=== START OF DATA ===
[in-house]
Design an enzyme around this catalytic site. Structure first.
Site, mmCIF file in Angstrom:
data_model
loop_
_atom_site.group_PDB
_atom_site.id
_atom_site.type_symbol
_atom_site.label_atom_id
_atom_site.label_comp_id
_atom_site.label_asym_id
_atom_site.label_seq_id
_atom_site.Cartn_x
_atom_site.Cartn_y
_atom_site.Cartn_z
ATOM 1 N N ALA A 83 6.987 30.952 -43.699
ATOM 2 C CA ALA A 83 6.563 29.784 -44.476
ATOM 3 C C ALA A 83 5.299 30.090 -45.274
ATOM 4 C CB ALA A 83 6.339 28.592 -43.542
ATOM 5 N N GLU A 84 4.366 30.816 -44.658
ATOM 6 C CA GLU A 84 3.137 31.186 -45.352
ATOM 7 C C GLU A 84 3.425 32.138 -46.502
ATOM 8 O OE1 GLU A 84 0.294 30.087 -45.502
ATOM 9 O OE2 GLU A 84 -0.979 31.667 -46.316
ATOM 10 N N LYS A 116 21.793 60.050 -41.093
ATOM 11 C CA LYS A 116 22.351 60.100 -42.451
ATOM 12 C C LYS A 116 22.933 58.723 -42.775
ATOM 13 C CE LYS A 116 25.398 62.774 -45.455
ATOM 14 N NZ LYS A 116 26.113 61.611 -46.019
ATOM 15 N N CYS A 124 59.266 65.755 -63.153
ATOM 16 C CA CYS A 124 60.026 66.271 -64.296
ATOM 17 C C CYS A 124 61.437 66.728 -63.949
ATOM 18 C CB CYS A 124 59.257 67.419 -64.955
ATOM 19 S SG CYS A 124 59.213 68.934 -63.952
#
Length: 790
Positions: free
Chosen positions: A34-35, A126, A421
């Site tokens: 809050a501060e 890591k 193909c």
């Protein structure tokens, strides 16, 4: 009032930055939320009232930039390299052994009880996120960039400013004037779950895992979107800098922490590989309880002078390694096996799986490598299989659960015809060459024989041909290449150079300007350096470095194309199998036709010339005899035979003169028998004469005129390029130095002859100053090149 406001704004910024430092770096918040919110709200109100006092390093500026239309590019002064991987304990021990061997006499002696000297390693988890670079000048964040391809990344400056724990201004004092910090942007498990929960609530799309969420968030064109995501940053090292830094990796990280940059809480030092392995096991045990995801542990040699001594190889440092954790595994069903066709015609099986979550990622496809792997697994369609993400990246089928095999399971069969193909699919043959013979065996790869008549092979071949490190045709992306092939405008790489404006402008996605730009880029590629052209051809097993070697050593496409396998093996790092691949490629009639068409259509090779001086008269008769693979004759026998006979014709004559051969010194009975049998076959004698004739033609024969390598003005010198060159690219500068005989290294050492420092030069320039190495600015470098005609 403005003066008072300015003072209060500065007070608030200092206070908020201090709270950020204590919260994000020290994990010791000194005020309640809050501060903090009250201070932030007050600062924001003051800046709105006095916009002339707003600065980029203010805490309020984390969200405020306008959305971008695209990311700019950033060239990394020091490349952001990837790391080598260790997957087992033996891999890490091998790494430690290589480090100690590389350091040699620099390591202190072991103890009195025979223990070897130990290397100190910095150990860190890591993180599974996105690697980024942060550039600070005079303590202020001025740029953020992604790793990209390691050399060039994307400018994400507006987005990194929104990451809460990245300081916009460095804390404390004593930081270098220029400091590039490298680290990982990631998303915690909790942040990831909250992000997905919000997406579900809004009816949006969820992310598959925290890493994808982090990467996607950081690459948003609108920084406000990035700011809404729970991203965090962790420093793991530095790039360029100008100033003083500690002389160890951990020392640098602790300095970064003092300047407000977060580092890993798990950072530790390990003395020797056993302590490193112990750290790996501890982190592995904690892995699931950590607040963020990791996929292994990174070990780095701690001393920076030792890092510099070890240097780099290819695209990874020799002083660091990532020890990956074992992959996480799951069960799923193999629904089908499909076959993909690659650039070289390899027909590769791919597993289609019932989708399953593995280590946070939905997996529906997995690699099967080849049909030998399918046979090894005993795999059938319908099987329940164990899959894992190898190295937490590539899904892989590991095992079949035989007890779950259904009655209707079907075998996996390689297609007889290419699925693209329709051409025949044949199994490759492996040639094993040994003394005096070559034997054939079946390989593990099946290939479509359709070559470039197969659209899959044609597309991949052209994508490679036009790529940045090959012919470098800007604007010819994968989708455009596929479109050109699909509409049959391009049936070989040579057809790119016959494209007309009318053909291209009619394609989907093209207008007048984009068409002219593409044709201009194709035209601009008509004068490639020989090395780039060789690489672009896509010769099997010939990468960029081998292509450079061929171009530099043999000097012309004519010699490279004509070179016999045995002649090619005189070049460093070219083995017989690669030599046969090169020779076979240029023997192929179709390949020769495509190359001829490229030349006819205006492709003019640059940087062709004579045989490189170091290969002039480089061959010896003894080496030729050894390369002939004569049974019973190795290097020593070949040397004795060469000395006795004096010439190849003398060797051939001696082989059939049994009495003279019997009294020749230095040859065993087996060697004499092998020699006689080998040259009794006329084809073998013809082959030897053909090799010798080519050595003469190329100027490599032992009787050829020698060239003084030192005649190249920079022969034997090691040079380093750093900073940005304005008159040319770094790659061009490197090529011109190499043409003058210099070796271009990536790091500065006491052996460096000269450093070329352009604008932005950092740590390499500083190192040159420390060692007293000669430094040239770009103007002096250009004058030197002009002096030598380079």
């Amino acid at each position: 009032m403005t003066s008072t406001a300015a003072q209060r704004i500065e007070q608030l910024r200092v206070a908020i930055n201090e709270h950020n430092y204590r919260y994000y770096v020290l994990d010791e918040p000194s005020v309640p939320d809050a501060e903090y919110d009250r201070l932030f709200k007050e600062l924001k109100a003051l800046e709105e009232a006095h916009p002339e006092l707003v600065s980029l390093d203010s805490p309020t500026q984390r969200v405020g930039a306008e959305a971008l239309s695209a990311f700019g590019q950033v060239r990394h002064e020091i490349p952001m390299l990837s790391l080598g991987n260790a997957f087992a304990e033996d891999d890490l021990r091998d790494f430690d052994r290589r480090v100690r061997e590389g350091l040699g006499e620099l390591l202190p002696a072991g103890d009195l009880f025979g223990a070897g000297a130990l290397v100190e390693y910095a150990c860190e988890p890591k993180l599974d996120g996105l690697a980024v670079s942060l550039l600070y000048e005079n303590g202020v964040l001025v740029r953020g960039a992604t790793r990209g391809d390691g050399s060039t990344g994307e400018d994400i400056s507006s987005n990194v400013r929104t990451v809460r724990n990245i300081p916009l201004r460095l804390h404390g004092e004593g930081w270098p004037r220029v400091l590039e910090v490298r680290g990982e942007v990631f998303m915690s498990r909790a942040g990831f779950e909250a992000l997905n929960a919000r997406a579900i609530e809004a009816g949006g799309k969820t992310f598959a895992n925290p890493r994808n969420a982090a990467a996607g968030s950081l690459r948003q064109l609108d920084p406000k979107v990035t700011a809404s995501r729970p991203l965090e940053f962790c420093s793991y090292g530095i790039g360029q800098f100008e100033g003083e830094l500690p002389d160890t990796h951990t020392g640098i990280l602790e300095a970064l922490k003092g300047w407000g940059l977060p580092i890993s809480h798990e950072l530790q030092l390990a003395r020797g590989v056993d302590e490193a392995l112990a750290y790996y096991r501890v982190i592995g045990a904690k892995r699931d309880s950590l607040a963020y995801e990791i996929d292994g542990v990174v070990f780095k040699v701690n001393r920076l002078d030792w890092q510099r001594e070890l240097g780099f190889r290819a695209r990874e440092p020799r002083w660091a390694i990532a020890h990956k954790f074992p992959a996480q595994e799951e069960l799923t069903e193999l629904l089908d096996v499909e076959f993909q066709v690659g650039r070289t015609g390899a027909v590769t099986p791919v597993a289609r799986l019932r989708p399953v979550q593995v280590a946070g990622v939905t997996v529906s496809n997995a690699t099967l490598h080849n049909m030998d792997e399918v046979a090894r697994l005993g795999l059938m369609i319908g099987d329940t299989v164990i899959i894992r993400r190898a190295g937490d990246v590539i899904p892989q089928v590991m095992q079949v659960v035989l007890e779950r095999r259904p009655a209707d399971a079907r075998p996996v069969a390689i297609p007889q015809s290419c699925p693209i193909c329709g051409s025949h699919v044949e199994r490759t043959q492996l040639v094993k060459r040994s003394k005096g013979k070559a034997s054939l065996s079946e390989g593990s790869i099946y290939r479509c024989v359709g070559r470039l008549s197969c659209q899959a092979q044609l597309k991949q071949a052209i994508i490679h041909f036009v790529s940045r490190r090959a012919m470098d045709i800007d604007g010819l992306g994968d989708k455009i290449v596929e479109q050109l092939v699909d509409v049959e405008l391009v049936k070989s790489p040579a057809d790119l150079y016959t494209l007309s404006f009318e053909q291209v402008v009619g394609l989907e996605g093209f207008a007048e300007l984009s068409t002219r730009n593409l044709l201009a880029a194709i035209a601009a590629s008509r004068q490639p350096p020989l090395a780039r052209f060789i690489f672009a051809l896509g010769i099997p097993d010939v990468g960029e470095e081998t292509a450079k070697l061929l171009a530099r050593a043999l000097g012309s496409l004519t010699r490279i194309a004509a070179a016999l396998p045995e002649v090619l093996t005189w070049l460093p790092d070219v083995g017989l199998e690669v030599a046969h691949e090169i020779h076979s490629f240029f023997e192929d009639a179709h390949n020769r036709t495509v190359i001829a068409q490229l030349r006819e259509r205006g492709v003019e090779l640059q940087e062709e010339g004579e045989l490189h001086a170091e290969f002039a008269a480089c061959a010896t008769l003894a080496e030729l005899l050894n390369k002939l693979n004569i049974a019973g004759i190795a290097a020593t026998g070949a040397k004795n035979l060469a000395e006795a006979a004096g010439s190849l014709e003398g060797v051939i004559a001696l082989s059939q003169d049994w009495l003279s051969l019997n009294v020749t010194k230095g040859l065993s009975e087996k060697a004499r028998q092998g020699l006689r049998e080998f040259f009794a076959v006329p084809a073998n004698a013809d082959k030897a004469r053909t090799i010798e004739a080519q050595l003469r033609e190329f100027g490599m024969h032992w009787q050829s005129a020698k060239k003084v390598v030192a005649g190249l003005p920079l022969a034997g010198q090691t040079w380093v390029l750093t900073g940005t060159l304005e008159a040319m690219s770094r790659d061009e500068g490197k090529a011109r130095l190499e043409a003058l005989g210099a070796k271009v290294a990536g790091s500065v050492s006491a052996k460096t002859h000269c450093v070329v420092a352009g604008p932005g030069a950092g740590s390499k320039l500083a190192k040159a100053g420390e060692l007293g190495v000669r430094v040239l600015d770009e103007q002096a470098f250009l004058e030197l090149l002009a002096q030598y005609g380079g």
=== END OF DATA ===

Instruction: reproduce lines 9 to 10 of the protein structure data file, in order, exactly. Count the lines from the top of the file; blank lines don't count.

_atom_site.label_atom_id
_atom_site.label_comp_id